Salient. An Organ of Student Opinion at Victoria College, Wellington, N.Z. Vol. 13, No. 3. March 16th, 1950
The Government Inspector
The Government Inspector
"What are you laughing at? You are laughing at yourselves!"
So says the Mayor in the last scene of Gogl'a drama. This, no doubt is the crux of the whole play. We are intended, then, to see ourselves as we are—petty, corrupt and muddling. The tables are turned, and our daughter should fall slyly back on ourselves.
The task of the Unity Theatre was to print on our minds this question mark against society, to create a [unclear: hunpur] and a cynicism which would make us wriggle. Did they accomplish this?
To my mind, the humour was there, but somehow, the satire was a little blunted. Satire needs a finely drawn pen, and this play, now over 100 years old, seems too naive perhaps in conception to us moderns; and in order to get across the broad humour, buffoonery must needs be resorted to. It is hard to mix salt and sugar, and somehow the flavour of the sugar overcame the bite of the salt But in this then the fault of the play, the Unity Theatre, or the audience?
The production was well attempted, but there were awkward gaps and pauses and repetition of action which could have been avoided. The first act, which is rather a dramatic bog, needs sustained and sincere acting to take it over the muddy patches; this acting on the whole was not forthcoming. The Mayor, Brian Brimer, had the largest burden in characterisation. I admired his acting, he was fussy and laughable, cruel and pathetic. Yet his acting needed something else—an interpretation which could link these traits into a complete character. His fuss and explosions became a little monotonous, and the selfish egoist at the beginning gave us little clue to the weary philosopher at the end—"you are laughing at yourself."
The part of the Dandy, accidentally impersonating the feared Inspector, was clear cut. His character did not have the facets of the Mayor, and he was as gay and light as he was intended to be. Now for the Councillors. Were they intended to be people or puppets? It took quite a while to remember which gentleman was in charge of what Gogol in-dentified them by giving us their individual ways of muddling, but in this production, we became more aware of defects of character than personalities. These gentlemen certainly acted as a team, but to such an extent that they almost ironed each other out However, Bobchinsky and Dobchlnsky were very delightful; their team work was a triumph of synchronization, and the lisper deserved all the laughs he got.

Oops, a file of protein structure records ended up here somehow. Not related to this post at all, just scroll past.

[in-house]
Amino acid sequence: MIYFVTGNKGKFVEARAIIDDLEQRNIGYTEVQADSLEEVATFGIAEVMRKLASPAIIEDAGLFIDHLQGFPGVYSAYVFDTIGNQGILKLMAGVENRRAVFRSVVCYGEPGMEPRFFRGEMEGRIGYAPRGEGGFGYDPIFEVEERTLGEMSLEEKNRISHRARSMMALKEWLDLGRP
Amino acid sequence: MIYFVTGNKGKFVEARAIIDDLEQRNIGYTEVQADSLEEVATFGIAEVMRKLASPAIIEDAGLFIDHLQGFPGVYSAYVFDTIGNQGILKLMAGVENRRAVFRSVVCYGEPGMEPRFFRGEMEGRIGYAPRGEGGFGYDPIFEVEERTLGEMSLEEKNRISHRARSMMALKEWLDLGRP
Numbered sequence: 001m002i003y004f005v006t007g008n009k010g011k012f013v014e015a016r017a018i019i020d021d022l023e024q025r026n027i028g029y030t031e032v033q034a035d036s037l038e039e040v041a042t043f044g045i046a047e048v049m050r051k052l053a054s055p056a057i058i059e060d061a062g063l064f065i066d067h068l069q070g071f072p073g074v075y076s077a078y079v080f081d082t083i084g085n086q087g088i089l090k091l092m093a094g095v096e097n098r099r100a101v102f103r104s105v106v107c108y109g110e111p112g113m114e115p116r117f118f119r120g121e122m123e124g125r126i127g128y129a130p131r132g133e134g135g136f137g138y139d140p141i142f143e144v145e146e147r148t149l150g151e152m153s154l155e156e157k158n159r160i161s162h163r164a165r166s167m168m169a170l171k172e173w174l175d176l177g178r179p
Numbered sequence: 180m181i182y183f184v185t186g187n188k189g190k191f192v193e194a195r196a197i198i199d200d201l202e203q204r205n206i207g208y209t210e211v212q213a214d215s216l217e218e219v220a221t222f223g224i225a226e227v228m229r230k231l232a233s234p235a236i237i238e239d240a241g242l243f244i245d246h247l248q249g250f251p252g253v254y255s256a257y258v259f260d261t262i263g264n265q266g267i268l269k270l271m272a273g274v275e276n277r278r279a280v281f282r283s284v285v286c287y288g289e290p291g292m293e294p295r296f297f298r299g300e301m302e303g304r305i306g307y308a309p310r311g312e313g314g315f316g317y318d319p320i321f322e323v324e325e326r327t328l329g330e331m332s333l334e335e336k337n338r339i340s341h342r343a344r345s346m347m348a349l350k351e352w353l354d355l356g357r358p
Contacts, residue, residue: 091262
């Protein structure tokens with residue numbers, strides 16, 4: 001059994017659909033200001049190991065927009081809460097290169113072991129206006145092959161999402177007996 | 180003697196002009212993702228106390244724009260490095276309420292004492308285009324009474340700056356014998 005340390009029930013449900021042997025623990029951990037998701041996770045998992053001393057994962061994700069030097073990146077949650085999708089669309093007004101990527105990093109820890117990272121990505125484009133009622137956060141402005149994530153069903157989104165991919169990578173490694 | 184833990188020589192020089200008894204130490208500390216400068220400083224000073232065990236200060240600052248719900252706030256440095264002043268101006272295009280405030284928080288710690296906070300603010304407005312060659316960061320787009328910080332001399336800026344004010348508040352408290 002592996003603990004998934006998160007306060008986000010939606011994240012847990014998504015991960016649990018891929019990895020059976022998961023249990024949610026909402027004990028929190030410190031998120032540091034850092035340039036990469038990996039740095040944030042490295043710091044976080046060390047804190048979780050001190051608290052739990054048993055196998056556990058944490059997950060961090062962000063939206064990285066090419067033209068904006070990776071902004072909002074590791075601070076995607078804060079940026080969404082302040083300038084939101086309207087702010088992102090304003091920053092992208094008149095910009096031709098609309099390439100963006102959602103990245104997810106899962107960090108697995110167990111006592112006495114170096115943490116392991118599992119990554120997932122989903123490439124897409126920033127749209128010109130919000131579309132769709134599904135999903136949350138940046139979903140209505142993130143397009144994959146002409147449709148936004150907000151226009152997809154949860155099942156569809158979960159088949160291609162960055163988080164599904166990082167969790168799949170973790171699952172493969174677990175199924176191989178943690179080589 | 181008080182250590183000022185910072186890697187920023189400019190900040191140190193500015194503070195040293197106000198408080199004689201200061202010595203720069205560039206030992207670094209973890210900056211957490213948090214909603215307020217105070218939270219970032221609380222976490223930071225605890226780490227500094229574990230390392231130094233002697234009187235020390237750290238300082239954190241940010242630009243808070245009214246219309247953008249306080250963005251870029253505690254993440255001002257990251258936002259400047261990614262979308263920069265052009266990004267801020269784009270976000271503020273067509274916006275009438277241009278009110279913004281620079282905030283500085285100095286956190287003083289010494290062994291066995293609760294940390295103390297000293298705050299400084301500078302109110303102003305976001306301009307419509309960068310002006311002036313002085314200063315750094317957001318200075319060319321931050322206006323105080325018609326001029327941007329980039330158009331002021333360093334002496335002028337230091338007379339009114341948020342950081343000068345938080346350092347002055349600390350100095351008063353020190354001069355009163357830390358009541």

The Mayor's wife could have been more sophisticated than that even for a small town. It was rather difficult to decide what she was, as she shifted from youth to middle age with amazing rapidity. One of the most interesting problems raised by the production was why the shopkeepers were taken in and ordered around by the Council, when obviously at least in their acting, the shopkeepers were far more astute than their masters—and certainly more crafty. We can see no reason why the leaders of the town have gained their official positions; and how the fiery and ingenious townspeople can take any notice of them is a mystery.
The scenery, painted no doubt to look unusual and interesting resulted in appearing rather, crude, and the costumes somewhat makeshift and bedraggled.
The Unity Theatre have the talent, the energy and the enthusiasm: what is lacking is the technique to produce the verve and polish of the overseas professional stage.
Could the answer be a National Theatre?—M.W.